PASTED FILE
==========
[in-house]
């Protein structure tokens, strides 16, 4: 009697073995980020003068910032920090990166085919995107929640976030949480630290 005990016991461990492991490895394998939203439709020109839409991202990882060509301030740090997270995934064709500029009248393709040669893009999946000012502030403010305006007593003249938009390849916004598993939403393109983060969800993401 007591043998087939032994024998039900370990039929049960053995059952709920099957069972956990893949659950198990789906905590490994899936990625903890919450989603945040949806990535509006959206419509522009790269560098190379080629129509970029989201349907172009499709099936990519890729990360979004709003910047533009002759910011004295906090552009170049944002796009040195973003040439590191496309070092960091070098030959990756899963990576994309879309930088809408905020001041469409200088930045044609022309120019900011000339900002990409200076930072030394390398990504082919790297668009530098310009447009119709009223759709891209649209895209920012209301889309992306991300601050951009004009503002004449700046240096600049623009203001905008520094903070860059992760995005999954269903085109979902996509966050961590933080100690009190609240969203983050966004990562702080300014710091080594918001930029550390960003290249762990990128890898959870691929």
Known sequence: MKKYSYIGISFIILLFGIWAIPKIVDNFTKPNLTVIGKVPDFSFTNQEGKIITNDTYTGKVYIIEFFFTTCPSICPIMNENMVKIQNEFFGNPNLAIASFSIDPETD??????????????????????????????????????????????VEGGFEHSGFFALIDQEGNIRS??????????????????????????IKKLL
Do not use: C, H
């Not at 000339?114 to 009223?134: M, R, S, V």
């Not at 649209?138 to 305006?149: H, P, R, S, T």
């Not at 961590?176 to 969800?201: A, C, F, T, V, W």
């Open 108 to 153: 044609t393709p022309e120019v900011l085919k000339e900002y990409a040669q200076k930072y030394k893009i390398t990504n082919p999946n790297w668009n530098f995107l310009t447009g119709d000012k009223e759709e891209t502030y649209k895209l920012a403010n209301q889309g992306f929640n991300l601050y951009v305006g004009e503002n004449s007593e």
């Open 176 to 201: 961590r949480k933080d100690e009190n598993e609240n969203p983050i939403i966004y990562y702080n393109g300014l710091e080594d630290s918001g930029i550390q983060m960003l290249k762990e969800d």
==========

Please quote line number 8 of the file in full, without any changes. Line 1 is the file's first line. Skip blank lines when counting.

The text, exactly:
């Open 108 to 153: 044609t393709p022309e120019v900011l085919k000339e900002y990409a040669q200076k930072y030394k893009i390398t990504n082919p999946n790297w668009n530098f995107l310009t447009g119709d000012k009223e759709e891209t502030y649209k895209l920012a403010n209301q889309g992306f929640n991300l601050y951009v305006g004009e503002n004449s007593e």